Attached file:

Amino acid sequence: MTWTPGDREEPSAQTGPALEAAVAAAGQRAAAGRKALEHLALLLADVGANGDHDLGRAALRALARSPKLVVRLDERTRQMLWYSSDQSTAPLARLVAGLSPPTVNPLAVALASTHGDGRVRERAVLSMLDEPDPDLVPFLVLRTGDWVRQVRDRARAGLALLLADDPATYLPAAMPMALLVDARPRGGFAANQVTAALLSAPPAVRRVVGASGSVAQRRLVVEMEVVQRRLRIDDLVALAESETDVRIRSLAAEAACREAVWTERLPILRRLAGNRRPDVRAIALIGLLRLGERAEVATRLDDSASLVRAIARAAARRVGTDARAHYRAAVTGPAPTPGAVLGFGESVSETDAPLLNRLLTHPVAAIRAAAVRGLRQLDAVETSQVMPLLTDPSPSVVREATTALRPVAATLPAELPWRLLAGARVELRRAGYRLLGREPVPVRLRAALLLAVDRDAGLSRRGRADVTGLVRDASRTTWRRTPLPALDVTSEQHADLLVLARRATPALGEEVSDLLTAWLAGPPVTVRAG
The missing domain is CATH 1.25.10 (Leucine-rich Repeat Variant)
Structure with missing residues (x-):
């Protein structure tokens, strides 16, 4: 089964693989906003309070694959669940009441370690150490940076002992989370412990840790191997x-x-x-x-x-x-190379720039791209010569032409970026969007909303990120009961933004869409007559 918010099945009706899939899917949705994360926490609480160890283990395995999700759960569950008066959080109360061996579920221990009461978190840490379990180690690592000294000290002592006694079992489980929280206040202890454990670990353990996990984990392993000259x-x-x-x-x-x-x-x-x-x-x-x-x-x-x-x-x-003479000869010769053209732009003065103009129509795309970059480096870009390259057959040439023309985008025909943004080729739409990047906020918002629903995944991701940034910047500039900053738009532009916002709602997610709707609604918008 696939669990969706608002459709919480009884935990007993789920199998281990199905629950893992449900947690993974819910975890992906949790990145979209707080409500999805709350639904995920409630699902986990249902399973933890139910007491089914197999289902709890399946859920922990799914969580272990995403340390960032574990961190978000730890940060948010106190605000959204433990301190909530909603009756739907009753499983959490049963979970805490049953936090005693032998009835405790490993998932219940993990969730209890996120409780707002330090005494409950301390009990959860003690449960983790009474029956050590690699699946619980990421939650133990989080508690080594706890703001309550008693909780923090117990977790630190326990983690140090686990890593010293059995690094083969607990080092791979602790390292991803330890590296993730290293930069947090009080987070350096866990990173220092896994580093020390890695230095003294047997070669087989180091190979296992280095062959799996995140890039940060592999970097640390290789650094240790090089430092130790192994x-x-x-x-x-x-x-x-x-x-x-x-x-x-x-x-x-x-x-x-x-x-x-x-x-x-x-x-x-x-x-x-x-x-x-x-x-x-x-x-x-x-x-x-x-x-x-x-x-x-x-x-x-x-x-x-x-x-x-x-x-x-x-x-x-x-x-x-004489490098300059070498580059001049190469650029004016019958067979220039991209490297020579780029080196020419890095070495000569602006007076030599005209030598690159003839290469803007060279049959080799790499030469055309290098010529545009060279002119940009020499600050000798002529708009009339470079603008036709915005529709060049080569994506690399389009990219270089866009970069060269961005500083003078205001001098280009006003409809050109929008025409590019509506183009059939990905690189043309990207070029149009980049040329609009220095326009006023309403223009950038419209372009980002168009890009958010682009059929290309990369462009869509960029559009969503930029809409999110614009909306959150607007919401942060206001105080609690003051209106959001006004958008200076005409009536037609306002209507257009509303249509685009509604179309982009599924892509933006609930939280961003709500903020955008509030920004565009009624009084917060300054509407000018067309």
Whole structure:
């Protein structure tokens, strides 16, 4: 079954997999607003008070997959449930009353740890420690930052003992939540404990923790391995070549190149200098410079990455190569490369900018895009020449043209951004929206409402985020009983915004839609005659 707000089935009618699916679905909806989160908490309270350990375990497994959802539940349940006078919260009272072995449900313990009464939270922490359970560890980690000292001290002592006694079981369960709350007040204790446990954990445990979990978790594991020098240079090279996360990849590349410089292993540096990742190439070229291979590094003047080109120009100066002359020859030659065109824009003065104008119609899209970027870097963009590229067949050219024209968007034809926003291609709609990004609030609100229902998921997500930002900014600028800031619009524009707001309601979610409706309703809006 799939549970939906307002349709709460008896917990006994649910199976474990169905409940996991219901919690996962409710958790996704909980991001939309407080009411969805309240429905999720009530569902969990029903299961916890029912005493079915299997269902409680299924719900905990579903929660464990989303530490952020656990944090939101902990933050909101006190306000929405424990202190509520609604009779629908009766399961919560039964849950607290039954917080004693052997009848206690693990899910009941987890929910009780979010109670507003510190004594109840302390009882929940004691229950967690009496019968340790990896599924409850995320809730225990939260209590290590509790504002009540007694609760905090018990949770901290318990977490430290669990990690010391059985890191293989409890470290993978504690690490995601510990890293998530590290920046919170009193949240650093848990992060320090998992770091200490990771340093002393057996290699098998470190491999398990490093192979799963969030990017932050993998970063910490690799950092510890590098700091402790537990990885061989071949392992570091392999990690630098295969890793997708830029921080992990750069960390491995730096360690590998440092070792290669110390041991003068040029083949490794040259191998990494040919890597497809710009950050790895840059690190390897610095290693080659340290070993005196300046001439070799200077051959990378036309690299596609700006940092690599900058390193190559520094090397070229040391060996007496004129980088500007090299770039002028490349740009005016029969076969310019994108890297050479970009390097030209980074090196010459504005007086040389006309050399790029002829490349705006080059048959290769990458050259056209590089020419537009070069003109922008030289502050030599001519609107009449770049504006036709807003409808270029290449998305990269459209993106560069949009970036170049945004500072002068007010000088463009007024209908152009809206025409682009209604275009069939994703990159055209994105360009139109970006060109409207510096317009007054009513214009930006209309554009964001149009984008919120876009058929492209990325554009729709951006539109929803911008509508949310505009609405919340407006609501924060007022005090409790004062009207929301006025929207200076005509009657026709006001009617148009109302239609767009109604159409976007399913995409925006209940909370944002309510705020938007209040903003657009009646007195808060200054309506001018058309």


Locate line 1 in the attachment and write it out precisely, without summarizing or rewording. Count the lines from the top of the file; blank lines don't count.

Amino acid sequence: MTWTPGDREEPSAQTGPALEAAVAAAGQRAAAGRKALEHLALLLADVGANGDHDLGRAALRALARSPKLVVRLDERTRQMLWYSSDQSTAPLARLVAGLSPPTVNPLAVALASTHGDGRVRERAVLSMLDEPDPDLVPFLVLRTGDWVRQVRDRARAGLALLLADDPATYLPAAMPMALLVDARPRGGFAANQVTAALLSAPPAVRRVVGASGSVAQRRLVVEMEVVQRRLRIDDLVALAESETDVRIRSLAAEAACREAVWTERLPILRRLAGNRRPDVRAIALIGLLRLGERAEVATRLDDSASLVRAIARAAARRVGTDARAHYRAAVTGPAPTPGAVLGFGESVSETDAPLLNRLLTHPVAAIRAAAVRGLRQLDAVETSQVMPLLTDPSPSVVREATTALRPVAATLPAELPWRLLAGARVELRRAGYRLLGREPVPVRLRAALLLAVDRDAGLSRRGRADVTGLVRDASRTTWRRTPLPALDVTSEQHADLLVLARRATPALGEEVSDLLTAWLAGPPVTVRAG